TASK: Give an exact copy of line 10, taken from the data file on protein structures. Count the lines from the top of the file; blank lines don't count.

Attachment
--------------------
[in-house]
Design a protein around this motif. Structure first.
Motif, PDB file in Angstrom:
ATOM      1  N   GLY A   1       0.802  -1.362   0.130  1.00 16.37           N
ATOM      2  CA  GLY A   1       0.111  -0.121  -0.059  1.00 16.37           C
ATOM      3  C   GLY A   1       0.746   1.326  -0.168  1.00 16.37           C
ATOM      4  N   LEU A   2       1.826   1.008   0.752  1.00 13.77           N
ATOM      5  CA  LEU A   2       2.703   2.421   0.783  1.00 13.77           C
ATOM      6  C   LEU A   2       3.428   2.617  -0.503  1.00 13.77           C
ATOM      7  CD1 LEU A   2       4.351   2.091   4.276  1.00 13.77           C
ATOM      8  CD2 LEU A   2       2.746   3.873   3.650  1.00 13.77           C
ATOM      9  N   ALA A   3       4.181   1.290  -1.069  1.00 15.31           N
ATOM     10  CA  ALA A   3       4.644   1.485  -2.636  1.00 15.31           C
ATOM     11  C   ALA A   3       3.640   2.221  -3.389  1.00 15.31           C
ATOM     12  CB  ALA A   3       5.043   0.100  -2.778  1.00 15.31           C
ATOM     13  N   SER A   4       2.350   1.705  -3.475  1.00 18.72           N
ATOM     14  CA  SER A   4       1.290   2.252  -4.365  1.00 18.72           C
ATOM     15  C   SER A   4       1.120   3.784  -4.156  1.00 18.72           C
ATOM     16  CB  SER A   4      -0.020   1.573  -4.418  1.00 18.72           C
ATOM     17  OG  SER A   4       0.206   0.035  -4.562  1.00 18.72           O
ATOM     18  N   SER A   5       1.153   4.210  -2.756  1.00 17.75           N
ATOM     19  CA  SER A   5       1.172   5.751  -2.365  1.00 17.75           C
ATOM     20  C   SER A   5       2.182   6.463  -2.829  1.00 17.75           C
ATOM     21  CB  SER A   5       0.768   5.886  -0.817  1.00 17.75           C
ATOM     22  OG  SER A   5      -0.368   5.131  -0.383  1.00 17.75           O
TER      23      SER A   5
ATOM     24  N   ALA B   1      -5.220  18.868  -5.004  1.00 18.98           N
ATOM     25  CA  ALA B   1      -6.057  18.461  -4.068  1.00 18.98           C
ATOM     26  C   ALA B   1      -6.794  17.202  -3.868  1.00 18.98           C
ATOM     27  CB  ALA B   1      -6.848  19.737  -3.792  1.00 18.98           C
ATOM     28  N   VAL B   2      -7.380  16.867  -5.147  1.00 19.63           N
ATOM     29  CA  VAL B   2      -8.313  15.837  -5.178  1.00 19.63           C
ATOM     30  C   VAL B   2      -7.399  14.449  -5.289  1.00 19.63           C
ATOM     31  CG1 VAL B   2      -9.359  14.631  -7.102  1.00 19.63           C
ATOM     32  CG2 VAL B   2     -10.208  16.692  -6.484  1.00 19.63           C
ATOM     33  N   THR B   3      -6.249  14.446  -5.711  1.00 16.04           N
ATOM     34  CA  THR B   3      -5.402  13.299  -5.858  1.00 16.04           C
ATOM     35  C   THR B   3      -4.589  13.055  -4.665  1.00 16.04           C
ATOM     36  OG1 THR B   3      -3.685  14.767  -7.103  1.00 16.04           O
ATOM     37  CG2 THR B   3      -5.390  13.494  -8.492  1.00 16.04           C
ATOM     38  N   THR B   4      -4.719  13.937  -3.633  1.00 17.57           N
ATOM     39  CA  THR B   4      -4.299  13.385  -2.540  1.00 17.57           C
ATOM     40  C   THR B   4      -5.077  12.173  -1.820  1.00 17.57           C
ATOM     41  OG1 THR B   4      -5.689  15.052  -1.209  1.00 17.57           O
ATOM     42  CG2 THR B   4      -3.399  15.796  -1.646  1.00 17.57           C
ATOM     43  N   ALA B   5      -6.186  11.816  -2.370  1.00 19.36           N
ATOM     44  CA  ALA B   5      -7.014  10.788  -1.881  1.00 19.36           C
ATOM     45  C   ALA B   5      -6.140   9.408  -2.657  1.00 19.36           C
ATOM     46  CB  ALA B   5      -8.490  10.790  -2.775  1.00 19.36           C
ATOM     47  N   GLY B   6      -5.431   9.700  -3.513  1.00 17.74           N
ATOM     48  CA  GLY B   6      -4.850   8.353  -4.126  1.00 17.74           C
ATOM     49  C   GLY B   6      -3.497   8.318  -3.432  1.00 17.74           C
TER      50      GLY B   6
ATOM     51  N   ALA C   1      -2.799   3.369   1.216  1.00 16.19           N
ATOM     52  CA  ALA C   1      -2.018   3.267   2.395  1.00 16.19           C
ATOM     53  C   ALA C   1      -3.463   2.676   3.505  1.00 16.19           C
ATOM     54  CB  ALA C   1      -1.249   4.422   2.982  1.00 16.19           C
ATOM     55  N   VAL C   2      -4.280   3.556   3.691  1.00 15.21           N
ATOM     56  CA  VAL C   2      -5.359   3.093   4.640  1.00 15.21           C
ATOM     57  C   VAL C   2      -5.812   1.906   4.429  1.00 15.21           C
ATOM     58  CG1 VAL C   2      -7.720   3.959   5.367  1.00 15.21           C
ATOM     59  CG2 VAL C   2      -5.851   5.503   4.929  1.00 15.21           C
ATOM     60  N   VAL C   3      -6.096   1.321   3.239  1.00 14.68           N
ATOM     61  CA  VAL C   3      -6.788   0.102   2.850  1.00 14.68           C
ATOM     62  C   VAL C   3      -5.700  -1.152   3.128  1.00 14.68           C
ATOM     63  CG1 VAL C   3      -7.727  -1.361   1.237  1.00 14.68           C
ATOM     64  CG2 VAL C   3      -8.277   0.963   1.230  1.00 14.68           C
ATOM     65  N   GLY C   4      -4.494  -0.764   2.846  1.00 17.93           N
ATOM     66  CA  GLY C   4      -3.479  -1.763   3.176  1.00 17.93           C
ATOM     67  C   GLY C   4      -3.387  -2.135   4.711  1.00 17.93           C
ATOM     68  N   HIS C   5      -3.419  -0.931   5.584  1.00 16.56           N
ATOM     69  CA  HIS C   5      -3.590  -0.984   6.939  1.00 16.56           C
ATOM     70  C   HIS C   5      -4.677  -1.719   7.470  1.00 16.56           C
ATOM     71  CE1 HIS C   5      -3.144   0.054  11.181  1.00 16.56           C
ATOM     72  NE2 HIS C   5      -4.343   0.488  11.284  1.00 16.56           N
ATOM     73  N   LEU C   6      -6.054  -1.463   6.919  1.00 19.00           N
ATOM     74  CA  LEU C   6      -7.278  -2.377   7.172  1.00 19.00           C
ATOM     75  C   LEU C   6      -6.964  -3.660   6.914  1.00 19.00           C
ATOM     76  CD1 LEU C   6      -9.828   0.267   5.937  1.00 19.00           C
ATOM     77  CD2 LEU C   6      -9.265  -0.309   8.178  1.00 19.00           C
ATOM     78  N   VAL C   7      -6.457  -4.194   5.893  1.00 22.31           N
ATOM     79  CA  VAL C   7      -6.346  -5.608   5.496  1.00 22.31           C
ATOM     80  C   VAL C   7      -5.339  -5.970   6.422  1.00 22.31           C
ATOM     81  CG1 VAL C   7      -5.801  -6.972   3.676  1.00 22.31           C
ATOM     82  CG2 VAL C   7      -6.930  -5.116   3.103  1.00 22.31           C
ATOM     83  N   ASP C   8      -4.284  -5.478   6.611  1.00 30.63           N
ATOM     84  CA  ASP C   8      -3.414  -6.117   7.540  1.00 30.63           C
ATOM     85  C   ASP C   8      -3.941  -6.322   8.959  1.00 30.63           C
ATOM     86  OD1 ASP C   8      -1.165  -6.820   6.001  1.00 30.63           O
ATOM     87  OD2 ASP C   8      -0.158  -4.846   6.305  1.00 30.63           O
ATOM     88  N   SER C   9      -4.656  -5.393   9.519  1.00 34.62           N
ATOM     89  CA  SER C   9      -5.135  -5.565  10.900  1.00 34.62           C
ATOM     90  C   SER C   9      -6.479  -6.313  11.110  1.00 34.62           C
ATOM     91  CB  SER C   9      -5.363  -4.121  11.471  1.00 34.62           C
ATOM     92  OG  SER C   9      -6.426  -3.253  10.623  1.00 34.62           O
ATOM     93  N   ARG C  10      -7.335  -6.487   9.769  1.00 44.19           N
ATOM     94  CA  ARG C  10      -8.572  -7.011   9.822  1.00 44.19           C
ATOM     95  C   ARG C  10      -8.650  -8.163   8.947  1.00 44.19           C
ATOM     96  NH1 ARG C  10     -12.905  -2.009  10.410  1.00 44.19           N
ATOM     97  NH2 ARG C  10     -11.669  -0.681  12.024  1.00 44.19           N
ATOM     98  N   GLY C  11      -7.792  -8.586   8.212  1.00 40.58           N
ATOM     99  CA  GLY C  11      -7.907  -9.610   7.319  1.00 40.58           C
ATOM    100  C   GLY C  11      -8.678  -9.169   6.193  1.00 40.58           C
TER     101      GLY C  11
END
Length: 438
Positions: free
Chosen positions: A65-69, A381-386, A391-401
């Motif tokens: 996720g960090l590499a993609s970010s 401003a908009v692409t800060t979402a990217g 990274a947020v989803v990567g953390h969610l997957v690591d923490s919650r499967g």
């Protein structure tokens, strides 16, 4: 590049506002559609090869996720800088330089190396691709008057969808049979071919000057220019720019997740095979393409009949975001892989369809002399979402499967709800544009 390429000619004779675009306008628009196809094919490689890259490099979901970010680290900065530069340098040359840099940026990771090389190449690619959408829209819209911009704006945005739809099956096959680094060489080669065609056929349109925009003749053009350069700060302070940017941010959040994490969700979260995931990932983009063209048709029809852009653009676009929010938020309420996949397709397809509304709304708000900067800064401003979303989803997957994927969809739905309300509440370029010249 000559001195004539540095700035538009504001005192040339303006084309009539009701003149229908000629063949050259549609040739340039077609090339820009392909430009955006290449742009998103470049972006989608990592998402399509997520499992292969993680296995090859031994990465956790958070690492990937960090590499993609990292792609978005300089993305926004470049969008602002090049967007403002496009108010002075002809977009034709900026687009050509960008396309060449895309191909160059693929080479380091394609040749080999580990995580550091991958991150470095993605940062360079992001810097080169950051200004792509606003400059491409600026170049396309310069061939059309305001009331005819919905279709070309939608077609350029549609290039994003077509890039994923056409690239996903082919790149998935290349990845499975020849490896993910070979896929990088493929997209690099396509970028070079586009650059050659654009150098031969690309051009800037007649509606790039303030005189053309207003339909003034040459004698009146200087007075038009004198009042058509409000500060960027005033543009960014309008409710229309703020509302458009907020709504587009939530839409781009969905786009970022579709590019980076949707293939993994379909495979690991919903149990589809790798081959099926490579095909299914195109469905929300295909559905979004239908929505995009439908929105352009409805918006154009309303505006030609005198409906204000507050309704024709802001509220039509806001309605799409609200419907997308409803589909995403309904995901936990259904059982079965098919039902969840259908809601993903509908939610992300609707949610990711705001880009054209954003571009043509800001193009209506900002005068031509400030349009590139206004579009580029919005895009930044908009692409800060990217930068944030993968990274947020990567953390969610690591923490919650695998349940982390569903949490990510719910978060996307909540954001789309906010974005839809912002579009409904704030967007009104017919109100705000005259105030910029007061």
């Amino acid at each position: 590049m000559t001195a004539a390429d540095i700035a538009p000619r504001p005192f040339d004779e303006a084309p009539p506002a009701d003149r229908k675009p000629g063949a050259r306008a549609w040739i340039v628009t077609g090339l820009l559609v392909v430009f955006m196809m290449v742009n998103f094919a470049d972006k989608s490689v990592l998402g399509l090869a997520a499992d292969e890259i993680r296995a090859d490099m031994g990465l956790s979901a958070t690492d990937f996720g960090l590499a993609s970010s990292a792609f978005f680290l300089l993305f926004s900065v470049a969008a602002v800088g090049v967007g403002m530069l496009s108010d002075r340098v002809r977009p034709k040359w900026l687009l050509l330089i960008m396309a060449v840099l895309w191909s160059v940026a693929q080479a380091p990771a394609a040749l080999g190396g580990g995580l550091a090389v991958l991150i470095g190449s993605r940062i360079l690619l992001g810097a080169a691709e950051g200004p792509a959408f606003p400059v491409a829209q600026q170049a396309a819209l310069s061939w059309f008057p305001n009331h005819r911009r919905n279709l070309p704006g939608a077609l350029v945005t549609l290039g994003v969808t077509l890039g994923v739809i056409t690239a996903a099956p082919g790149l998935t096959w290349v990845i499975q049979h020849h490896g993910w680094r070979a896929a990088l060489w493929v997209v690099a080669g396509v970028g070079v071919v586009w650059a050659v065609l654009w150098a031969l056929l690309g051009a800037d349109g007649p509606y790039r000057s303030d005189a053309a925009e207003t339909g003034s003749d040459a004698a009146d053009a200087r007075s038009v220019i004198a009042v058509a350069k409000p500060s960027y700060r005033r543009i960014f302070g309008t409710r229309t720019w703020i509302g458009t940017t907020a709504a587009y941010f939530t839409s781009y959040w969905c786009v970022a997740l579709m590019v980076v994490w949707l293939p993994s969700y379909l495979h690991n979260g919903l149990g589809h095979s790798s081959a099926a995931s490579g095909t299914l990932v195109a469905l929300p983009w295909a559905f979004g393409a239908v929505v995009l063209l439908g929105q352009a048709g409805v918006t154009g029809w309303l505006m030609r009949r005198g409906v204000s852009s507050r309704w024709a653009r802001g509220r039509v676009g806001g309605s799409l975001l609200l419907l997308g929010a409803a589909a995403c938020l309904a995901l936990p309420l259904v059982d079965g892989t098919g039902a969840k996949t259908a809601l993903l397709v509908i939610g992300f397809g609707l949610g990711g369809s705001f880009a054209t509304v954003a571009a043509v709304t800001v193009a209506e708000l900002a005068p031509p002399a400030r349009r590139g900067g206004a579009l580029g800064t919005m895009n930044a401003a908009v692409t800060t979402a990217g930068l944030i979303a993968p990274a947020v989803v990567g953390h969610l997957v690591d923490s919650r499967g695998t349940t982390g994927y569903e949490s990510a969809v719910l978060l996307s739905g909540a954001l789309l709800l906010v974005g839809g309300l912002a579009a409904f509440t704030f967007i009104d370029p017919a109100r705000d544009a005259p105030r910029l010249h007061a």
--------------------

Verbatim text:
ATOM      7  CD1 LEU A   2       4.351   2.091   4.276  1.00 13.77           C